Research roundup for April 11, 2017

Orphan receptor involved in opioid itching

Researchers in the UNC School of Medicine have linked an orphan receptor with opioid-induced itching.

Orphan receptors are receptors scientists know exist but aren’t sure what purpose they serve.

The Bryan Roth lab in the pharmacology department, which works to find binding molecules for orphan receptors, found the receptor MRGRPX2 is related to opioid-induced itching.

A graduate student in the Roth lab, Kate Lansu, screened around 7,000 small molecules against MRGRPX2 to see what a potential ligand might look like. From there, University California at San Francisco graduate student Joel Karpiak used a computational model to screen 3.7M molecules for a match to the receptor, finding opioids were a match.

Before finding what MRGRPX2 binds to, the researchers already knew it was a receptor on mast cells — an important component of the immune system. Lansu said itching can be caused by a release of histamines from mast cells in a process called degranulation, which also has previously been linked to opioids.

The researchers think finding this receptor could help pharmacologists create drugs to counteract opioid-induced itching along with create new medicines to increase histamine responses to boost immunity. 

Water testing in Wake County

Frank Stillo, a researcher with the Gillings School of Public Health, and Jacqueline MacDonald Gibson, a professor in the Gillings School of Public Health, embarked on a project to test the well water in 57 homes in Wake County.

With 35 percent of the North Carolina population relying on private wells, the third highest in the country, Stilo and MacDonald Gibson wanted to test for natural geologic formations, failed septic tanks, fertilizers and pesticides and landfill seepage.

They found that 65 percent of the households tested positive for at least one of three microbial contaminants. About 3,800 people in Wake County’s predominantly black neighborhoods rely on wells and septic systems.

MacDonald Gibson and Stillo used three different indicators to test for water contamination — coliform bacteria, E. coli and enterococci.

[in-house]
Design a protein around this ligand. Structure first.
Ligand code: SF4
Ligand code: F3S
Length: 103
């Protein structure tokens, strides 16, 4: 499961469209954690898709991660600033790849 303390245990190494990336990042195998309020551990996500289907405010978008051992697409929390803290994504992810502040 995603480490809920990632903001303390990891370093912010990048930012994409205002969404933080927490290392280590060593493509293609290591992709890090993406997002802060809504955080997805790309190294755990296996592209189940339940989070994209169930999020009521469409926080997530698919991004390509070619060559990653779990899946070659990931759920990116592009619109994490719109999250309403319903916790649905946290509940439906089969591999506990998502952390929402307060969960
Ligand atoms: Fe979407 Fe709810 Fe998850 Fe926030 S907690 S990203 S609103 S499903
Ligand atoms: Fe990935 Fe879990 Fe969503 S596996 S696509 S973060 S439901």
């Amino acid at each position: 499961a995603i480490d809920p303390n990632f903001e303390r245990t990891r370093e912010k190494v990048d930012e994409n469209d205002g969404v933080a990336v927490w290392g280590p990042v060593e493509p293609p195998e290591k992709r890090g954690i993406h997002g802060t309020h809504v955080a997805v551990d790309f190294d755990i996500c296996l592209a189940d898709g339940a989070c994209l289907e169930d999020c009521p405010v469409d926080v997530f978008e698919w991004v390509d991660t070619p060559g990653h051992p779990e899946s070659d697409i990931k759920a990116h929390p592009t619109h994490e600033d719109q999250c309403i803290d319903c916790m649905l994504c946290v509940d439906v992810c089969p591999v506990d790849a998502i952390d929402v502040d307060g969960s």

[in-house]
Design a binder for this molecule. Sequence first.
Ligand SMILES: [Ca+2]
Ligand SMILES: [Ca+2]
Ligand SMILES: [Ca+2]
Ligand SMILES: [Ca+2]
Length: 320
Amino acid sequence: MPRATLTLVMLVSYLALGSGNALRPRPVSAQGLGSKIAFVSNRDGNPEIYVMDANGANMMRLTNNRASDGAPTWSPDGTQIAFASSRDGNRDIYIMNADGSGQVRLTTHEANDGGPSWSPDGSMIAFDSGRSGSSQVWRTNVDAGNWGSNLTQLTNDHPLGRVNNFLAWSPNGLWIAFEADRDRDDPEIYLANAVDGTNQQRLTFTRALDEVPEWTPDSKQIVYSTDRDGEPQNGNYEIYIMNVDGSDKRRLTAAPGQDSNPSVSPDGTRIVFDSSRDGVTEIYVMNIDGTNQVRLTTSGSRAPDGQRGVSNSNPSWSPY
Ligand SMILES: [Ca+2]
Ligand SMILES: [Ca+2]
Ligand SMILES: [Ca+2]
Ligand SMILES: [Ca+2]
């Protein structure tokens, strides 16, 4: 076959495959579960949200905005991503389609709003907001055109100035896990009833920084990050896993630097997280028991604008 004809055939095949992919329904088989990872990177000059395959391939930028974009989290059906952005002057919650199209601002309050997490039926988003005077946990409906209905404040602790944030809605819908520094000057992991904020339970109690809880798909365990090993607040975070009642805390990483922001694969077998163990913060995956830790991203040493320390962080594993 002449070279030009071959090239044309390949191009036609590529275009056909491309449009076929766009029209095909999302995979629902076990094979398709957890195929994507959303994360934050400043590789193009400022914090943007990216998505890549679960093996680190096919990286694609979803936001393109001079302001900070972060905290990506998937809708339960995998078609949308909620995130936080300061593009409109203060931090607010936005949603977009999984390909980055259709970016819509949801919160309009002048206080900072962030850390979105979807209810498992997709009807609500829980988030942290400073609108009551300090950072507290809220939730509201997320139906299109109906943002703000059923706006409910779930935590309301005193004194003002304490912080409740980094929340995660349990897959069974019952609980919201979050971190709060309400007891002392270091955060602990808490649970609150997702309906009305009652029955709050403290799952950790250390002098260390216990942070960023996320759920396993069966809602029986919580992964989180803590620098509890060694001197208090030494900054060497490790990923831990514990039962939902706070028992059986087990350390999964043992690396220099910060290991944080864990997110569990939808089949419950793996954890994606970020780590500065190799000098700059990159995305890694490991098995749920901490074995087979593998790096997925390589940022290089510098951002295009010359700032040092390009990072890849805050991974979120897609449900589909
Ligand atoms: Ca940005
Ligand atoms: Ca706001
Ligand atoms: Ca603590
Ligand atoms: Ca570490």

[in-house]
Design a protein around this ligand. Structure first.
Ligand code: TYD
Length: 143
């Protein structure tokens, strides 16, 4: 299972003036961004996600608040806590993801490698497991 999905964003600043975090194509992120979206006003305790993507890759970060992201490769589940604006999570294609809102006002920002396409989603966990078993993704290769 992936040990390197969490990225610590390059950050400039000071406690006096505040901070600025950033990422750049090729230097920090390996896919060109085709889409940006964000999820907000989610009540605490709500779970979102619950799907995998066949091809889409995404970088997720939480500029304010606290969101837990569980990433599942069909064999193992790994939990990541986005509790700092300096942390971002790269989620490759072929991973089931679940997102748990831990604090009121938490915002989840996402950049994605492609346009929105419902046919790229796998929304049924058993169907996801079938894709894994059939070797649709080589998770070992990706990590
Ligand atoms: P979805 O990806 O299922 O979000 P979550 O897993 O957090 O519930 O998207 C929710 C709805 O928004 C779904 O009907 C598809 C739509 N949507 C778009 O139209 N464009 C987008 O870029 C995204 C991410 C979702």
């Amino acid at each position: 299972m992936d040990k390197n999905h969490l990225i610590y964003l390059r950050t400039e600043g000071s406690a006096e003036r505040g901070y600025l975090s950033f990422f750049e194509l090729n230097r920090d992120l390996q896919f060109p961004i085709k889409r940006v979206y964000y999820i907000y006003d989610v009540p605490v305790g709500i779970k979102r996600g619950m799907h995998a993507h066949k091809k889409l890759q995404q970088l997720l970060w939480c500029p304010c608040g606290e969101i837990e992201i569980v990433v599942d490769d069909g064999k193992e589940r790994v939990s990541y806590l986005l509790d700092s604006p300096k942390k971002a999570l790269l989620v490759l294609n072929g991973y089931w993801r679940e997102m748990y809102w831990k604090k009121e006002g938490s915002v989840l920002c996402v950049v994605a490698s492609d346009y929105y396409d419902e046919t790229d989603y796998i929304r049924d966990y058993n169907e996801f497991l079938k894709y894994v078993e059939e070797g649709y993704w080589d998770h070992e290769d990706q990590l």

MacDonald Gibson said this issue arises in towns that grow around black communities.

“Some of these areas are doughnut holes in the middle of the city,” MacDonald Gibson said. “If there’s a fire, they have to wait for the county fire department to arrive, even if the city fire department is closer.”

They are now testing for lead in water systems in Wake County. They have tested 29 homes so far. 

Mental illness and the death penalty

Frank Baumgartner, a political science professor, and Betsy Neil, a senior majoring in psychology and political science, contributed a research article on mental illness and the death penalty to the Washington Post on April 3. Baumgartner and Neil compiled their research while working on a forthcoming book, “Deadly Justice: A Statistical Portrait of the Death Penalty”.

The United States has executed 1,448 inmates since 1976. 141 of these inmates were volunteers, meaning they chose not to appeal the death sentence. 

Baumgartner and Neil said they relied on testimony and source material revealed in trial or repeated in the news to determine whether or not an inmate had a diagnosed mental illness. They said using this criteria means they may have underestimated the number of inmates with mental illnesses. 

The research suggests the criminal justice system’s use of the death penalty applies to individuals with mental illness more than individuals without a mental illness. They discovered that 43 percent of people who received the death penalty between 2000 and 2015 also received a mental illness diagnosis at some point in their lives. 

Baumgartner and Neil found that between 2000 and 2015, 32.2 percent of death row volunteers had attempted suicide in the past. Their research also suggests that the criminal justice system disproportionately targets criminals who experienced childhood abuse and trauma with the death penalty. 

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